Nick (Paul Dano) is a struggling young writer trying to make his fortune in Boston. He works in a homeless shelter and, one day, he bumps into a client he least expects to see – his long estranged father, Jonathan (Robert DeNiro). Nick wrestles with the emotions of meeting the father who abandoned him and the possibility that he is “Being Flynn.”
Based on Nick Flynn’s memoirs, Another Bullshit Night in Suck City, Paul Weitz adapts and directs this story about a young man trying to find himself in this cold, cruel world. Nick thinks he wants to be a writer but his inner slacker keeps him from doing ANYTHING. His go-nowhere life will change, for better or worse, when Jonathan comes back into it.
“Being Flynn” is actually two separate stories that occasionally cross paths. Nick is out of work and broke up with his live-in girlfriend. (Actually, he’s a live-in boyfriend and has to find a new place to hang his hat.) He knows he has to turn his life around so he gets a place to live, with two roommates, meets a girl and gets a job working in a homeless shelter, which he considers as doing a good thing for humanity. Then, one fateful day…
Jonathan Flynn is a self-proclaimed literary genius who is proud of saying that there are just three great American writers – “Mark Twain, J.D. Salinger and Jonathan Flynn.” But, while he awaits the acclaim he knows he deserves, he drives a cab, drinks constantly and is an anti-social racist, bigot and homophobe. His violent temper causes him to lose his apartment and his drinking ends with a DUI, a suspended license and nowhere to live. He tries to live “al fresco” but the bitter winter forces him to find shelter. Guess where.
“Being Flynn” is a when-two-worlds-collide film but on a father-son level. Although Nick’s memories of his father are represented only by the hundred or so letters he received from Jonathan – most from prison – he is still torn when his father comes to the Harbor Street Inn for shelter. At first, Nick feels sorry for the man but, as Jonathan becomes increasingly hostile with the workers and inmates of the inn, Nick doubts that there is any good in the man. What worries him more, though, that he is just like his father.
I have been a big fan of Paul Dano ever since I first saw him in a little gem of a film, “The Girl Next Door (2004).” In “Being Flynn,” he plays a complex, conflicted young man who blames his father for his mother’s suicide, years before. Dano gives Nick full, subtle dimension and plays beautifully off his costar, DeNiro.
Robert DeNiro, for many years, has been coasting on his power and fame as an actor since his earlier years when he made films like “Raging Bull” and “Good Fellas.” Since then, he has dumbed down his acting skills with such fodder as “Analyze This” (and sequel), “Meet the Parents” (and sequels) and “The Adventures of Rocky and Bullwinkle,” probably the low point in the actor’s varied career. So, when you see the man pull out all stops and give one of his most audacious performances in many years, you have to applaud loudly. His unrelenting portrayal of Jonathan Flynn revives DeNiro’s standing in my esteem.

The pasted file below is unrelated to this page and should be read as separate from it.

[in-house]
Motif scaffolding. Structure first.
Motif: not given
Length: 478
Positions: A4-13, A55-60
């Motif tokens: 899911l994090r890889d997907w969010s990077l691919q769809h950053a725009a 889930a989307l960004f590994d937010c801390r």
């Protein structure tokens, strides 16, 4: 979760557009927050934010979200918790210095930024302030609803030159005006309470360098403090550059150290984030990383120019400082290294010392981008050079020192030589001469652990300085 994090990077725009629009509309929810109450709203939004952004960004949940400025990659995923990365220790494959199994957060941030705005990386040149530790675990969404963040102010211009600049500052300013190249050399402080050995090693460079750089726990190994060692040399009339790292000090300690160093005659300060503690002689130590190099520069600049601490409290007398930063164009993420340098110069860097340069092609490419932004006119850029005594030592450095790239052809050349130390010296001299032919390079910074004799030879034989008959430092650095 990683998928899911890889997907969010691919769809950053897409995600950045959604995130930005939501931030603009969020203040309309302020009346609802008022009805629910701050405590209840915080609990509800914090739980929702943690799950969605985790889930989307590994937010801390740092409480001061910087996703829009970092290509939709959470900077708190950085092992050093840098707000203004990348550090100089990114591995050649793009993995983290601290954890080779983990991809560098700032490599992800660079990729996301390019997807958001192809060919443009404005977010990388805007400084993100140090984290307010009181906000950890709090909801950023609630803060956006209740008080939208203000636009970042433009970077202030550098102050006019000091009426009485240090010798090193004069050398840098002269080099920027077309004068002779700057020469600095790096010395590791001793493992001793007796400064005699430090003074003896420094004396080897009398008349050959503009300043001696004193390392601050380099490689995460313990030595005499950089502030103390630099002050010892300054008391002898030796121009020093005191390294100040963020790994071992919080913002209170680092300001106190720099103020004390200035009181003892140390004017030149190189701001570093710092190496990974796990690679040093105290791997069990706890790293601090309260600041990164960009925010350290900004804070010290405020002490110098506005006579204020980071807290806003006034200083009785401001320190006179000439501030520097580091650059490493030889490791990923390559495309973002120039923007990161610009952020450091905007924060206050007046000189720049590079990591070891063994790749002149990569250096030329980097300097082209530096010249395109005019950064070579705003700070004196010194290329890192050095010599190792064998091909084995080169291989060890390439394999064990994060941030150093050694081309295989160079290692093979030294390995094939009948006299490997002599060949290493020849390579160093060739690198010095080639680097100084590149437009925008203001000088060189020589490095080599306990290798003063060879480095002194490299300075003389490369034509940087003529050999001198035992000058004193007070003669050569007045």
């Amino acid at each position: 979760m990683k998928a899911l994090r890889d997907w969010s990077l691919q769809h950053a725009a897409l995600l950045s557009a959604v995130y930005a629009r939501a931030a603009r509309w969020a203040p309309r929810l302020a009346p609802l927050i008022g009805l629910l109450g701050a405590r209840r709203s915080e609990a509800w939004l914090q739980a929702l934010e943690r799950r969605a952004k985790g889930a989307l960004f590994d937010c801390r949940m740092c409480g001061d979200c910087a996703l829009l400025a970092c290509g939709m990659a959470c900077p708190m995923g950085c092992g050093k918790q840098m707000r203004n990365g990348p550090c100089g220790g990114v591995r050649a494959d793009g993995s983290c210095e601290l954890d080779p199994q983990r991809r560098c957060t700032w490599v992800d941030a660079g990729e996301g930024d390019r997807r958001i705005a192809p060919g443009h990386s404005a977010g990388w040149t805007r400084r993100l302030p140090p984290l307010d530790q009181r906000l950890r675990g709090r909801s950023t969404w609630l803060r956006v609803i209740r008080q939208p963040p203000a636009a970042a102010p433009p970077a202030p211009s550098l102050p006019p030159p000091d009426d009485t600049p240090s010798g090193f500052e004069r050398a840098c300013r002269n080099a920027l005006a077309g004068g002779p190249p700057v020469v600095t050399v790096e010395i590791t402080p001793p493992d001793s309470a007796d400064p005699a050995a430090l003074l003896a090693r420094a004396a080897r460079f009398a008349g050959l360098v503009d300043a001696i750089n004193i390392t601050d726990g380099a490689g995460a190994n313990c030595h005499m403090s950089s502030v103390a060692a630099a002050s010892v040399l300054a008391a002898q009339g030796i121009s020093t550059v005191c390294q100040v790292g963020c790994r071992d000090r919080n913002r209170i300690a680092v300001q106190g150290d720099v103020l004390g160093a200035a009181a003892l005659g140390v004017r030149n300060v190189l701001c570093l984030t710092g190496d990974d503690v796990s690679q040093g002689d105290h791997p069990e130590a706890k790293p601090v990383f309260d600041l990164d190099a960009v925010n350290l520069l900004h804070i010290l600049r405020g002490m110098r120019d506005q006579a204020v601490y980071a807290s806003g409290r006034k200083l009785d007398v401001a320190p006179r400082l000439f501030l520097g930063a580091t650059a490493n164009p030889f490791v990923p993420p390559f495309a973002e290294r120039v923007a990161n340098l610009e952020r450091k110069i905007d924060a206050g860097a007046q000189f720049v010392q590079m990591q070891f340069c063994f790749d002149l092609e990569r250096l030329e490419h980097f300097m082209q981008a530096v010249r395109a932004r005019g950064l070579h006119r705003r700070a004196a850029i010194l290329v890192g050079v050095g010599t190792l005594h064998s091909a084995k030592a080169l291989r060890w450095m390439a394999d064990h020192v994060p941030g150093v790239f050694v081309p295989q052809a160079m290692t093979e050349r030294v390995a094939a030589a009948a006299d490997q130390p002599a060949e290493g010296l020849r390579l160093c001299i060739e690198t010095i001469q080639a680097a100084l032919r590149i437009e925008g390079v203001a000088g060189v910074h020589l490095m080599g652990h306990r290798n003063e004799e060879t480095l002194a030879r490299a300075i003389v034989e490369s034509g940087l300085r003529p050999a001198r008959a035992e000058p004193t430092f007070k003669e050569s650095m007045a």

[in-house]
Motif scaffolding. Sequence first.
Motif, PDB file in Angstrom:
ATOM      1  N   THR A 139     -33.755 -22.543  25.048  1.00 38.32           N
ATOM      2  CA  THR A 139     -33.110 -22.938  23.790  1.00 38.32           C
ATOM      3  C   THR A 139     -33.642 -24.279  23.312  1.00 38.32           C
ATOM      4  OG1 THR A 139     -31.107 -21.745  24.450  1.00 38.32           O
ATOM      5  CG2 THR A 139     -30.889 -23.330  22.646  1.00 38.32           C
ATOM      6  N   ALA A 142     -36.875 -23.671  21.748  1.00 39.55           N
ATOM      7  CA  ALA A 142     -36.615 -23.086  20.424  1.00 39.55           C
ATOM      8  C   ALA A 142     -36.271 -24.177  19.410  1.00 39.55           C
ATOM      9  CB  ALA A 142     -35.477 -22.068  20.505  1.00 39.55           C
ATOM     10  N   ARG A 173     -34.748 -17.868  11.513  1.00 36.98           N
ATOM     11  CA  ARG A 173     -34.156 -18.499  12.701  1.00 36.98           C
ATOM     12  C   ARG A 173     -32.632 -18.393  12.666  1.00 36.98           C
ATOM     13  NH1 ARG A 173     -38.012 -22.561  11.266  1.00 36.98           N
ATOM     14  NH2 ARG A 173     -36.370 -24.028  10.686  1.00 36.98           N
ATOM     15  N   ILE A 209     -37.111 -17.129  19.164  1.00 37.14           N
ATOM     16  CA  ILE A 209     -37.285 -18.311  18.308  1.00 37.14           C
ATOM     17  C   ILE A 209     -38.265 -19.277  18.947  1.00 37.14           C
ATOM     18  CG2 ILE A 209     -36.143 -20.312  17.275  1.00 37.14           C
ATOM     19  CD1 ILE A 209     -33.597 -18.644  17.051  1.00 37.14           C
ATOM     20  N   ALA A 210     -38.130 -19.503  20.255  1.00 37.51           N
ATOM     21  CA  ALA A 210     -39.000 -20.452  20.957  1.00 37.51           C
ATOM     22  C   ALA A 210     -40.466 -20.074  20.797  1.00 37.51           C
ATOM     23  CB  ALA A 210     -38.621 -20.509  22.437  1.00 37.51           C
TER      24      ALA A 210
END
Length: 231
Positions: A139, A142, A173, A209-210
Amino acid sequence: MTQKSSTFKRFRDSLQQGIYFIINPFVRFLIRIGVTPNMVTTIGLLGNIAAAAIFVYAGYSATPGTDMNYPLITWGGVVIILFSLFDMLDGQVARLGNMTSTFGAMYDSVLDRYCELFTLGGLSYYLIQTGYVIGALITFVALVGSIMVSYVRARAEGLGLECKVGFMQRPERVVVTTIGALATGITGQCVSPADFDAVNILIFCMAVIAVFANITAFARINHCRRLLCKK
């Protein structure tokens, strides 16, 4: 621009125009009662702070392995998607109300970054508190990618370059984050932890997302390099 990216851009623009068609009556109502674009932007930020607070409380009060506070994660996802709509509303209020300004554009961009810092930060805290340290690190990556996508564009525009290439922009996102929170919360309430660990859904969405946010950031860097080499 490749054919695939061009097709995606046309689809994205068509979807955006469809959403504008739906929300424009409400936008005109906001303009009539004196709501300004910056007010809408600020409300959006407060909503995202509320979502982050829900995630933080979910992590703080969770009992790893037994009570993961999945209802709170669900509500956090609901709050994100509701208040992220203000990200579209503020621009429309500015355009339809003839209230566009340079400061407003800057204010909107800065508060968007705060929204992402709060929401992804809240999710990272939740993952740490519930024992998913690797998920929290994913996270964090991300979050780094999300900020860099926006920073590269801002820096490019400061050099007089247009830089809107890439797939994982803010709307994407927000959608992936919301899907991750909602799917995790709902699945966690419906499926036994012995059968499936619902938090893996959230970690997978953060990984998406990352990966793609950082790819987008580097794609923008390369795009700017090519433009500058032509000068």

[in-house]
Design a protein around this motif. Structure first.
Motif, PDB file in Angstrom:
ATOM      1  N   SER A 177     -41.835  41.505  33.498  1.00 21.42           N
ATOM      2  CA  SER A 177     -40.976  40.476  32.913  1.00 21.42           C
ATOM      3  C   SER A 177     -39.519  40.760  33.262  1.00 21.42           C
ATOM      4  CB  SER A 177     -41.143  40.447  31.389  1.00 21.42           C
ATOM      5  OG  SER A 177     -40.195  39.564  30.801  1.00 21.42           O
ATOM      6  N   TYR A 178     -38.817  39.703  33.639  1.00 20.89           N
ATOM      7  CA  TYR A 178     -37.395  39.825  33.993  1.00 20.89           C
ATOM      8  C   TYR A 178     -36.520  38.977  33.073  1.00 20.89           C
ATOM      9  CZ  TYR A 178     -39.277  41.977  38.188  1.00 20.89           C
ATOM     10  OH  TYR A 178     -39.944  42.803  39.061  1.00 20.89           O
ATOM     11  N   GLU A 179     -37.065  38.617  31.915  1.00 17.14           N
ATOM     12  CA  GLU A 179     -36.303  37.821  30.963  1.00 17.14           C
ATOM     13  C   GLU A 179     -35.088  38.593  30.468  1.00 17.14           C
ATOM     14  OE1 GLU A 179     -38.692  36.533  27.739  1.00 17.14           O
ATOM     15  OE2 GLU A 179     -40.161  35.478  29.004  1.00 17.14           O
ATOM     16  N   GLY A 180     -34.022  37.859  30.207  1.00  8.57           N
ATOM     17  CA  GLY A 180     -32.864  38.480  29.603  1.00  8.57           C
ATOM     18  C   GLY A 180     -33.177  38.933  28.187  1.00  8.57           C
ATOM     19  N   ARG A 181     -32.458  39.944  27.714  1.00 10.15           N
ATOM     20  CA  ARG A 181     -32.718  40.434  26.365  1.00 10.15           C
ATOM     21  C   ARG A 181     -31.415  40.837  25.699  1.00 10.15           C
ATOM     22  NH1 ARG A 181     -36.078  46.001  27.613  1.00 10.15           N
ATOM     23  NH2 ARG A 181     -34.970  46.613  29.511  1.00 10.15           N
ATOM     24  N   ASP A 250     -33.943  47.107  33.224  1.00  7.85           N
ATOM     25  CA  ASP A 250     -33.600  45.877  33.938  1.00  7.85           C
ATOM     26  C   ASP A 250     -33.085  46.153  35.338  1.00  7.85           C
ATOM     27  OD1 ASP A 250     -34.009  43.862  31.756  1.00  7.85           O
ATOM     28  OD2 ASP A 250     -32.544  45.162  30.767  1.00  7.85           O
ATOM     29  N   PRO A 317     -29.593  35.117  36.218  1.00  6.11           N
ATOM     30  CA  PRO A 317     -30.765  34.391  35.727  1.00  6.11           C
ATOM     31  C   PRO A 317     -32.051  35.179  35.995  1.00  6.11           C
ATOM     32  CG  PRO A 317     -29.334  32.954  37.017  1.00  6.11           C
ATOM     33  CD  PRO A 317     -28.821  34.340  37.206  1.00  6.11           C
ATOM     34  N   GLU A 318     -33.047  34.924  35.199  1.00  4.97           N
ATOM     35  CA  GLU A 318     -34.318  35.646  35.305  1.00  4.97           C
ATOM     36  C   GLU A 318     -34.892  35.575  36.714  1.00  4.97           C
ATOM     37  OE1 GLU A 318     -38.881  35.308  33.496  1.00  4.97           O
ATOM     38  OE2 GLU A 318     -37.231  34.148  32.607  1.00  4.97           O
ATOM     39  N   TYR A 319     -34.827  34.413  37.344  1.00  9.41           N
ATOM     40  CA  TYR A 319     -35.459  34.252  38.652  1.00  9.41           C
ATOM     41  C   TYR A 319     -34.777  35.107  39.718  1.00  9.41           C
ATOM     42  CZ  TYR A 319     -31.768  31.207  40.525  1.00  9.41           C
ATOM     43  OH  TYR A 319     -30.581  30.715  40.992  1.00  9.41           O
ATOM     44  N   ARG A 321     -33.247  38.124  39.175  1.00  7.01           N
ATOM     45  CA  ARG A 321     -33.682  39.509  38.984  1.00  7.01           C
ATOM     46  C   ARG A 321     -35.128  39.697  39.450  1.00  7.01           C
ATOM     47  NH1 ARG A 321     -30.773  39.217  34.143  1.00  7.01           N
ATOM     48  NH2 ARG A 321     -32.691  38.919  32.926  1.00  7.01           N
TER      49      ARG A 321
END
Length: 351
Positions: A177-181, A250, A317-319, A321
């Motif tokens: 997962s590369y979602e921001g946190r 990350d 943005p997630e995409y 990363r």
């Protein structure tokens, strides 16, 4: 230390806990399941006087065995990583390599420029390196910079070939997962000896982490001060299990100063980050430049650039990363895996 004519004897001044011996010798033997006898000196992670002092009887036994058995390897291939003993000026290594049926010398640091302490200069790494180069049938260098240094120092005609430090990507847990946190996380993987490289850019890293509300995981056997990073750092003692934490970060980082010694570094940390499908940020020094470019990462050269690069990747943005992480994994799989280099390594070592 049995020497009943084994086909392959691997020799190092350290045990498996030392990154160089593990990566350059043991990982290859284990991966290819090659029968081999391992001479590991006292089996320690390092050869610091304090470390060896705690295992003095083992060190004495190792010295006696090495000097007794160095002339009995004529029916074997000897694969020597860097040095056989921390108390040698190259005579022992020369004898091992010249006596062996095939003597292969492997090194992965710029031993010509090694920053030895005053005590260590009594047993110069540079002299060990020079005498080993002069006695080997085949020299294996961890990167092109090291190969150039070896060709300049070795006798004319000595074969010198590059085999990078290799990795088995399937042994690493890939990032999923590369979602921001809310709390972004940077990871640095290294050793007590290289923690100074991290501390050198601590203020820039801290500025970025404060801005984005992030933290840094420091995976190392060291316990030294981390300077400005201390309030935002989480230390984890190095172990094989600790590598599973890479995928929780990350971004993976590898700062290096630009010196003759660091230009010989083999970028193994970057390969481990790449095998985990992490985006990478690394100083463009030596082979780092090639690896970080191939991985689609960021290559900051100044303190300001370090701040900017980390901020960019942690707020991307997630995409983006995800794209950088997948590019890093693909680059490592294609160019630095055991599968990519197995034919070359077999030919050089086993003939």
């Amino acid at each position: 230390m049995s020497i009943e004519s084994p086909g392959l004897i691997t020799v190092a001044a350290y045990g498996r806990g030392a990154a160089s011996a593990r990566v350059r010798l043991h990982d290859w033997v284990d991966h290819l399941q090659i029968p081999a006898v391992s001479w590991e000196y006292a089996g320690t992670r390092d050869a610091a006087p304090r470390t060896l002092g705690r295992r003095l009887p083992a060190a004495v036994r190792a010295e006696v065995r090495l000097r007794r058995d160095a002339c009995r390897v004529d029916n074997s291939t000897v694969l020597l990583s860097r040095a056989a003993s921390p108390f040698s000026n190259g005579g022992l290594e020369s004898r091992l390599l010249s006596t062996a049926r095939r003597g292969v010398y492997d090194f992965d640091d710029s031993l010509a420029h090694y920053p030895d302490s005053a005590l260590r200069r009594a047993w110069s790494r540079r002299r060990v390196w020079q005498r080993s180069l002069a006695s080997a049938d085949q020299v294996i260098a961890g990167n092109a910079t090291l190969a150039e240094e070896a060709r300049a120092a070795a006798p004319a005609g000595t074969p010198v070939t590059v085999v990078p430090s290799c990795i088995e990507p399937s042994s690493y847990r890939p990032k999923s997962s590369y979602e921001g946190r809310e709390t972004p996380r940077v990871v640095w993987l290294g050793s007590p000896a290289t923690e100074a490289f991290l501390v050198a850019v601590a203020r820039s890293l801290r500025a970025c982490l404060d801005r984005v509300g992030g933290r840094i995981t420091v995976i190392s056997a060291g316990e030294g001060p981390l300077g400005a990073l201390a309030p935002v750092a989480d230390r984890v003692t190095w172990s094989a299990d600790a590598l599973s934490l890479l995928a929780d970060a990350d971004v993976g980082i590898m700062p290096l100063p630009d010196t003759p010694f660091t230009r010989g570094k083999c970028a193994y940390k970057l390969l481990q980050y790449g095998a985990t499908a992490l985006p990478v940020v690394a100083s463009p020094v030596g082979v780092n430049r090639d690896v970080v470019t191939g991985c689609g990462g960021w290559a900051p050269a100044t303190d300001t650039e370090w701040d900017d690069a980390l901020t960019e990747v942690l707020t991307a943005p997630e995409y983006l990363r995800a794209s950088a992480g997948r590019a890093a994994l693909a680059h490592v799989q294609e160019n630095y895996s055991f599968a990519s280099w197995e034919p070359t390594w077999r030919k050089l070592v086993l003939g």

Director Weitz, indeed, has two fine actors in the leads. But, the ensemble of known and unknown thespians helps breathe life into the backdrop of characters around Nick and Jonathan. Olivia Thirlby plays Denise, Nick’s co-worker and sometimes lover, who is reluctant to make a commitment with Nick. Julianne Moore, seen only in flashback as Nick’s deceased mom, is sympathetic as a woman trying to raise a child alone. Lily Taylor, Wes Studie and the rest of the cast all help make the film complete.
Weitz does well directing his large cast and the crew behind the camera, including veteran lenser Declan Quinn and scripter Weitz’s solid adaptation.
I give it a B+.
Jobless Nick Flynn (Paul Dano, "Little Miss Sunshine," "There Will Be Blood") is caught cheating in her own bed by the airline hostess who's been paying the rent, so he ends up sharing a shuttered strip club as living quarters. He meets Denise (Olivia Thirlby, "Juno") there and, after hearing about his abandoned background and the letters from a father who said we were put on earth to help others, she suggests he get a job with her at the Harper Street Inn homeless shelter. After only one odd meeting with the alcoholic who envisions himself one of America's three great literary geniuses, who should show up as a guest but his dad Jonathan (Robert De Niro), and Nick has to come to grips with what it means "Being Flynn."